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Thread: 10 best orchestras?

  1. #1
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    Default 10 best orchestras?

    I'm sure someone has already posed this question in the past, but I'm new here, so

    What do you think are the ten best orchestras?

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    To me it all depends on who the conducter is,as each brings out diffrent qualities of orchestral sound.(my fav though is amsterdam)

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    Senior Member Kurkikohtaus's Avatar
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    Before this thread gets out of hand, I would like to make a suggestion:

    Can we change this to 10 favourite orchestras instead of "best"?

    Because there is absolutely no way to define the "best" orchestra without starting that whole criteria mess all over again, and there is really no equal ground on which to compare orchestras at any one given point in time (like now, for instance).

    So let's just list our Favourites, OK?

    Mine are:

    Present
    Lahti Symphony Orchestra - Osmo Vanska, Music Director
    Past
    Chicago Symphony - Solti era
    All-time
    Vienna Philharmonic - all eras

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    The trouble with merely listing one’s personal favourites is that no one else is really all that interested. It is far more exciting to consider whether there is a more objective list, so that we as individuals can compare our personal assessments against it, and possibly learn something worthwhile rather than merely engage in futile personal opinion exchanging.

    There is nothing wrong in principle with using words like “best”, “greatest”, finest” provided people are able to give precise definitions of what they mean, and provided that such definitions command wide respect and acceptance. The trouble is that such definitions in the music world are usually very difficult, whether in respect of assessing the music itself, composers, conductors, artists, orchestras or whatever.

    Wherever I have seen any kind of definition of “best” or “greatest” they are generally very vague, and merely list a few attributes like “aesthetic quality”, “influence”, “innovation”. They sound better than nothing at all, but in practice the results usually boil down to a hodgepodge of personal opinion and the furtherance of personal favourites, and all objectivity gets thrown out of the window or is very opaque.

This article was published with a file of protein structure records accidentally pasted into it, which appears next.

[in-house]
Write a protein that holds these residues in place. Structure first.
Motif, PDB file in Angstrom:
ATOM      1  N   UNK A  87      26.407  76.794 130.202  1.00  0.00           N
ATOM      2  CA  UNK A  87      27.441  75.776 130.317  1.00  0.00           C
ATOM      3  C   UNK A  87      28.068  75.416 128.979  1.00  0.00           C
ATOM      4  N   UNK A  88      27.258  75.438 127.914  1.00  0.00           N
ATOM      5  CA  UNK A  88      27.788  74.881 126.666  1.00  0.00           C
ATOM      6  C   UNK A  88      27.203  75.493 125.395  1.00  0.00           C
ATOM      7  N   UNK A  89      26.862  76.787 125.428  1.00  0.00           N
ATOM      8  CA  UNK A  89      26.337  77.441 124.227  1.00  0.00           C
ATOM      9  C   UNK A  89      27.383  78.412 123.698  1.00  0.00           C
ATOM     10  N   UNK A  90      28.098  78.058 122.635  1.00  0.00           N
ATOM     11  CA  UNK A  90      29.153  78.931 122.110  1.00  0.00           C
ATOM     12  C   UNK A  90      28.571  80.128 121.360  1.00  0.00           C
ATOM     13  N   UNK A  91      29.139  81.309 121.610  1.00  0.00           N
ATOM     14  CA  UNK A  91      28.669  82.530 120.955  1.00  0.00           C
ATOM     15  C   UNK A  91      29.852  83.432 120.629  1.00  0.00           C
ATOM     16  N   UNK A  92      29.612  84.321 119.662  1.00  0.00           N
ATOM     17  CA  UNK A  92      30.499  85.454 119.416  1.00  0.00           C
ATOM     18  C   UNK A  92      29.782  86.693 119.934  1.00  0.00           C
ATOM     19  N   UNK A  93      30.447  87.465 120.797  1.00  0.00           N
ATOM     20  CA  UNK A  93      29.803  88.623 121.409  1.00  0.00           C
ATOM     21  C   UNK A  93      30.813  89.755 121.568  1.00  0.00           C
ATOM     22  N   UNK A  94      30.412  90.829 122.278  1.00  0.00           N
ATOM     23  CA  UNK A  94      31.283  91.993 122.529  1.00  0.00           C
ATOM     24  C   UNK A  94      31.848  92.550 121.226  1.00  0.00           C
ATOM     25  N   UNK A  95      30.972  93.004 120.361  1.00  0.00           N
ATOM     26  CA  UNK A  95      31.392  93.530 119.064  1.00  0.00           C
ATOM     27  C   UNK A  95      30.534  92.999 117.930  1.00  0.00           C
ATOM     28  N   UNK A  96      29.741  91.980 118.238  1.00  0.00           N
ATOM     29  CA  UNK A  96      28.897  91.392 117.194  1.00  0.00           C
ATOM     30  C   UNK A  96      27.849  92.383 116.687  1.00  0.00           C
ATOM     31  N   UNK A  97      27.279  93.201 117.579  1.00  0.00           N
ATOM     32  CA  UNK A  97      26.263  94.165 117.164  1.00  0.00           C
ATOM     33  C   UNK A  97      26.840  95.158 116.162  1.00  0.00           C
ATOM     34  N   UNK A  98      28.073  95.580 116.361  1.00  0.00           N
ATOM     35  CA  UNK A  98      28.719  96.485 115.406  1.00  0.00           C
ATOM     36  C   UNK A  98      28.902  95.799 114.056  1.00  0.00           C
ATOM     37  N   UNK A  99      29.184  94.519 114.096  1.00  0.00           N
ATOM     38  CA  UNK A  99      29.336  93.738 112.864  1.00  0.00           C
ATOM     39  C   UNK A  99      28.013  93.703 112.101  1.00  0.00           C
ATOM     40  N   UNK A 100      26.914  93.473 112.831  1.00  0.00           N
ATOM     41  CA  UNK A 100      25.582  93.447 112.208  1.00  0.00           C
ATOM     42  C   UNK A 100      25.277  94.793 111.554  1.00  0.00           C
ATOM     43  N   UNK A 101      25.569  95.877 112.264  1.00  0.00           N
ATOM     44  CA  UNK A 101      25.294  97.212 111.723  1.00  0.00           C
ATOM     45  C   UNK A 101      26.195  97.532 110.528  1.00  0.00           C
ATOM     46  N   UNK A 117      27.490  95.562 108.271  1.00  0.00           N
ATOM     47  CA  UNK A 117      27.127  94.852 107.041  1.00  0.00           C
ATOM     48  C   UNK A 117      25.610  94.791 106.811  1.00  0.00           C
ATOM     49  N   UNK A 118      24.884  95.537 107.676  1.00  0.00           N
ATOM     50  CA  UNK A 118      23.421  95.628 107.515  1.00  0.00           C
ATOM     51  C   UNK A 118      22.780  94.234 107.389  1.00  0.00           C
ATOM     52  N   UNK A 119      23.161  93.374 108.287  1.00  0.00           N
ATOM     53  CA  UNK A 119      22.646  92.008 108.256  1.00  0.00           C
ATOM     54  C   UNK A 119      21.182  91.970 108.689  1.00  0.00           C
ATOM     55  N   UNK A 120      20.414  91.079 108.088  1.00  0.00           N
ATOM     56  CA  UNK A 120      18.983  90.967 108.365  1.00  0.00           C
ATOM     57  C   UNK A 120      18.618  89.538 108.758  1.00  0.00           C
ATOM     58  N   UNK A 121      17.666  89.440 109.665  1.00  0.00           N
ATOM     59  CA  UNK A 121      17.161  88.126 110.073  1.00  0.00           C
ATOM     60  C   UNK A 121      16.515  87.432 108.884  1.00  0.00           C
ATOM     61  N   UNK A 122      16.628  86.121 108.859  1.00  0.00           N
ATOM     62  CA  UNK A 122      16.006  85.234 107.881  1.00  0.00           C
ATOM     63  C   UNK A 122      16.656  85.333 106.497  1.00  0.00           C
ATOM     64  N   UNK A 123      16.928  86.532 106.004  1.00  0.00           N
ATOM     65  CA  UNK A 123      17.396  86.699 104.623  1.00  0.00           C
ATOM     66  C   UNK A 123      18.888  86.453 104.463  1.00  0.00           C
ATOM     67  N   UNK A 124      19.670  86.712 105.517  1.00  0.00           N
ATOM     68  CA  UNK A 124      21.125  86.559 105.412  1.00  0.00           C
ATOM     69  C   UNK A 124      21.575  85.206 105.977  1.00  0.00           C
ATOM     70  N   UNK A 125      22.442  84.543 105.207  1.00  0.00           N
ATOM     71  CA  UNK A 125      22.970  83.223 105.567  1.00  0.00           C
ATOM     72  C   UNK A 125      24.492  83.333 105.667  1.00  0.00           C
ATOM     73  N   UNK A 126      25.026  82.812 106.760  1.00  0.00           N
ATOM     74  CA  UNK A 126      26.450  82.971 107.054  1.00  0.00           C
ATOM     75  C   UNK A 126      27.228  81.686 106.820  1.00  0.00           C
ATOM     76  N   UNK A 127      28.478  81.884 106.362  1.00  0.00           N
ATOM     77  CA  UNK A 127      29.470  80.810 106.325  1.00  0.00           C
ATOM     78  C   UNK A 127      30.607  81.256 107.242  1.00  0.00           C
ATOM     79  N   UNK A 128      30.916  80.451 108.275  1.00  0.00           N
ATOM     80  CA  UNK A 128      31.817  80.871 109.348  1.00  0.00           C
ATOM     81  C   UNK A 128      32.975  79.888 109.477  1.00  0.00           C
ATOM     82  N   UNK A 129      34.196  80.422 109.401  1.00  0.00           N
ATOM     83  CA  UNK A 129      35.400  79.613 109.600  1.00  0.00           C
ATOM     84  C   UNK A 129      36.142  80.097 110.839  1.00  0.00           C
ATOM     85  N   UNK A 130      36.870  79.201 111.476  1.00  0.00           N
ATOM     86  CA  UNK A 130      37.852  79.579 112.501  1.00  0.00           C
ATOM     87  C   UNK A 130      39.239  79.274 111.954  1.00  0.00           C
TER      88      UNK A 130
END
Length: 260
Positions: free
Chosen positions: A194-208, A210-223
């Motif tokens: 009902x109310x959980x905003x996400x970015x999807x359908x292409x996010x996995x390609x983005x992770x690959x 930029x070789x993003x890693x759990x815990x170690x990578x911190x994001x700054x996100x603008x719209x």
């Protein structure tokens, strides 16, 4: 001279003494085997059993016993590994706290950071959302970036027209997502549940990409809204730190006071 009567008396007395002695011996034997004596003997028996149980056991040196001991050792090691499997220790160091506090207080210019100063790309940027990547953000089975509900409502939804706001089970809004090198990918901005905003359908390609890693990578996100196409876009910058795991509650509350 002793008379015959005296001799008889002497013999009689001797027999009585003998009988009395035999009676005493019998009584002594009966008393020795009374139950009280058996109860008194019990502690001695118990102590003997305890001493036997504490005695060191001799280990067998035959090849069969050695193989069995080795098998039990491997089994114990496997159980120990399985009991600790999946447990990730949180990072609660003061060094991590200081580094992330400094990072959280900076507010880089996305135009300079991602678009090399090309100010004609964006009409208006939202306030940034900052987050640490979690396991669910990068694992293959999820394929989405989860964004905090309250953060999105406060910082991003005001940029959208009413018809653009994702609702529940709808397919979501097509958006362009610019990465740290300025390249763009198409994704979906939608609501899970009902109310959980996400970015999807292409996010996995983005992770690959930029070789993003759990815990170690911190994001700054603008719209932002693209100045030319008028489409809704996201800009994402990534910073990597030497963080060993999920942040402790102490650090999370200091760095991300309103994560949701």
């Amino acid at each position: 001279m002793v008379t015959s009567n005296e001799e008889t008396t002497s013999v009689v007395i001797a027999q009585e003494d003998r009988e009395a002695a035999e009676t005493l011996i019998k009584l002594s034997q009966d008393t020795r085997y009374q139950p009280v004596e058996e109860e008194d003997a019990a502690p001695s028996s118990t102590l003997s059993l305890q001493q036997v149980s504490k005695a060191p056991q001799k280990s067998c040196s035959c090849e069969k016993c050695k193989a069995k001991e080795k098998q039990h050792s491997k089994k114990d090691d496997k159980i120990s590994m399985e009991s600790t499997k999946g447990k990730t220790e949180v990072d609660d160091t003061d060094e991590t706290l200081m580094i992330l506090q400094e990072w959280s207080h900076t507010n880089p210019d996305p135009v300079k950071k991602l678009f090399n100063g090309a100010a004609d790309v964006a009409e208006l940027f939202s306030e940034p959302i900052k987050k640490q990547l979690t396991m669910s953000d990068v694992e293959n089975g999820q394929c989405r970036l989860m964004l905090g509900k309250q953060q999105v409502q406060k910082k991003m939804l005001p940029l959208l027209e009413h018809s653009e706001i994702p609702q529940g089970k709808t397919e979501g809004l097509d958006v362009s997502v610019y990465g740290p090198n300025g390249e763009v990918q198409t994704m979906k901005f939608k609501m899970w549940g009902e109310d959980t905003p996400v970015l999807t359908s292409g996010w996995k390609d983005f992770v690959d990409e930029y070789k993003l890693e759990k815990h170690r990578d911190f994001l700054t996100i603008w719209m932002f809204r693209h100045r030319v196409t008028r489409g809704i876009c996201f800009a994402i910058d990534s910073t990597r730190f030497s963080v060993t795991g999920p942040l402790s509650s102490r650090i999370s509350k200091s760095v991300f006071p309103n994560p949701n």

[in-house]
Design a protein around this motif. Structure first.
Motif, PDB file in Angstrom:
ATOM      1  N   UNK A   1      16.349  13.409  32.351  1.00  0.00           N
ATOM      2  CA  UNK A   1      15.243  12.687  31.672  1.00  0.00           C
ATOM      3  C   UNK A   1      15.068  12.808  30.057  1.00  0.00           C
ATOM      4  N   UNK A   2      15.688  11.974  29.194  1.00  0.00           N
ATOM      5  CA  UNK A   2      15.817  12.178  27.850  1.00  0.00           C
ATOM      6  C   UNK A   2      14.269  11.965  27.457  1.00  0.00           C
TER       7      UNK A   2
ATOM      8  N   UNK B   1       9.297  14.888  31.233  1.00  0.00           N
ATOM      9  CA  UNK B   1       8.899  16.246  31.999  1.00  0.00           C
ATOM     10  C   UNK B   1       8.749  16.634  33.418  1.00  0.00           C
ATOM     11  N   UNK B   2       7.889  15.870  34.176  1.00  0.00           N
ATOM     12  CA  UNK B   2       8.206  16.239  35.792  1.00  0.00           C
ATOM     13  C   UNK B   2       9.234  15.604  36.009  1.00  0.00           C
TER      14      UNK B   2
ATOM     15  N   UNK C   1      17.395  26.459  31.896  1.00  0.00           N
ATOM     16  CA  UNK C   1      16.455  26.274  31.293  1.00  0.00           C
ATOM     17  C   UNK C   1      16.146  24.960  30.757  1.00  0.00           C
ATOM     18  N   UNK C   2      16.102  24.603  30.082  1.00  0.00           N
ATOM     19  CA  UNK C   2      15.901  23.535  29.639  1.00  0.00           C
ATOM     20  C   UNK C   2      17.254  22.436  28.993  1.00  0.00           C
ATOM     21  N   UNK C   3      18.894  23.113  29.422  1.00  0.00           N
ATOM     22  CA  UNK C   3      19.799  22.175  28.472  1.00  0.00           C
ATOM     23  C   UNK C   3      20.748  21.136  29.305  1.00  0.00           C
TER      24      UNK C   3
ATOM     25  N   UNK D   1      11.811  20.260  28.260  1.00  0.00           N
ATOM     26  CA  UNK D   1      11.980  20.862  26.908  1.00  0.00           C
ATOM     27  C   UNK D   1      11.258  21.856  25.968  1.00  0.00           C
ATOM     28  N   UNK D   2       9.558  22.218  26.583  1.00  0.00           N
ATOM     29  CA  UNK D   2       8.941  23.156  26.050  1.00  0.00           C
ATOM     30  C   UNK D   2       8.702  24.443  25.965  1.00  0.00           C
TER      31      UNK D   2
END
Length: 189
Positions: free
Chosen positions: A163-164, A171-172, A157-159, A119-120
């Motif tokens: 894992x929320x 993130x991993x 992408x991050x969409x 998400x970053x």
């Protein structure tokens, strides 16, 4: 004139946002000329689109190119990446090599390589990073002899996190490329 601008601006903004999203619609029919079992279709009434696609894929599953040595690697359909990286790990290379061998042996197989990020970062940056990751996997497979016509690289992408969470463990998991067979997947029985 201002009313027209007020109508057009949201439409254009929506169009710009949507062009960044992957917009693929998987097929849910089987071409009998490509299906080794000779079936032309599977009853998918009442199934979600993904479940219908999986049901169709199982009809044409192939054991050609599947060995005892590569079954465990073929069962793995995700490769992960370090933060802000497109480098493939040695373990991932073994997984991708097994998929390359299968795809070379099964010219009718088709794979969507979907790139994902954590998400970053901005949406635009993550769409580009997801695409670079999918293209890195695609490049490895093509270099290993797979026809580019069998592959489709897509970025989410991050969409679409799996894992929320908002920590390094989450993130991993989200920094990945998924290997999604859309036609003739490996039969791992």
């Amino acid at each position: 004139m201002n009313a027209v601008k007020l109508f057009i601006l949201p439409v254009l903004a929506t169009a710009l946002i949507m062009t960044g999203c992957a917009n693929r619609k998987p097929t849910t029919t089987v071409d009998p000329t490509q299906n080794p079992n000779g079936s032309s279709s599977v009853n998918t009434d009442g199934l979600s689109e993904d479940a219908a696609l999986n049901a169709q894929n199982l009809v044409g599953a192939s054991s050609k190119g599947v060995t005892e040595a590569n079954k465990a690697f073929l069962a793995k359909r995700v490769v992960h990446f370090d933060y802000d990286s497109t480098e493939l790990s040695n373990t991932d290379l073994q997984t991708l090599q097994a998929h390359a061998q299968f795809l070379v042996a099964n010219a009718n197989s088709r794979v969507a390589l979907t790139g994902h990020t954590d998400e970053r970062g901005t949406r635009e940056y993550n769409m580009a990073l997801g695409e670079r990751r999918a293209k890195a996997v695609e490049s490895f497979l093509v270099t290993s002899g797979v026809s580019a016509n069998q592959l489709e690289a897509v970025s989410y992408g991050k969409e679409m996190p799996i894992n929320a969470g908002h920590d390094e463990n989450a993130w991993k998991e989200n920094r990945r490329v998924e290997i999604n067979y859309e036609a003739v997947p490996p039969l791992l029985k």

For this reason, I came to the view that the only sensible objective criteria for “best” in a music context is one based on mass appeal, or popularity. I do not see how this can be improved upon as any other system has even bigger problems, like identifying the various criteria, measuring performance, and weighting the results together. People who reckon this can be done cannot deliver when asked for a proper explanation. They merely waffle and revert to criticism of popularity. Some waffling is often quite spectacular, and very amusing indeed. I have endless fun delving into it wherever I come across it.

    I conclude that “best” can be given an interpretation and it means the result you would expect to see if it were possible to ask a large, unbiased sample of the relevant public what their preferences are. I realise that short-term fluctuations and other seasonal irregularities have to be discounted. Such a measure can only be guessed at because exercises of this nature do not exist. We therefore have to use various proxies, like the number of versions of the material available. This concept of "best" is entirely empirical, and what's "best" now may not be best in, say, 20 years time. This procedure should be distinguished from one’s own personal preferences, which may be different. I think it is interesting to set out both if they differ. There is, of course, no reason why one's personal opinion should necessarily align with the overall market's. Mine often do, however.
    Last edited by Topaz; Jan-25-2007 at 14:44.

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    Senior Member Kurkikohtaus's Avatar
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    Jebus, am I disagreeing with Topaz? Well, not really, but just a few points for the sake of this thread...

    Quote Originally Posted by Topaz View Post
    The trouble with merely listing one’s personal favourites is that no one else is really all that interested.
    To be perfectly honest, I am interested in hearing subjective and descriptive accounts as to what members of this forum like about their certain favourite orchestras. I am not in the least bit interested in what most of the members here feel are the best orchestras based on some set of half-baked criteria, simply because in the end this amounts to a list of favourites anyway.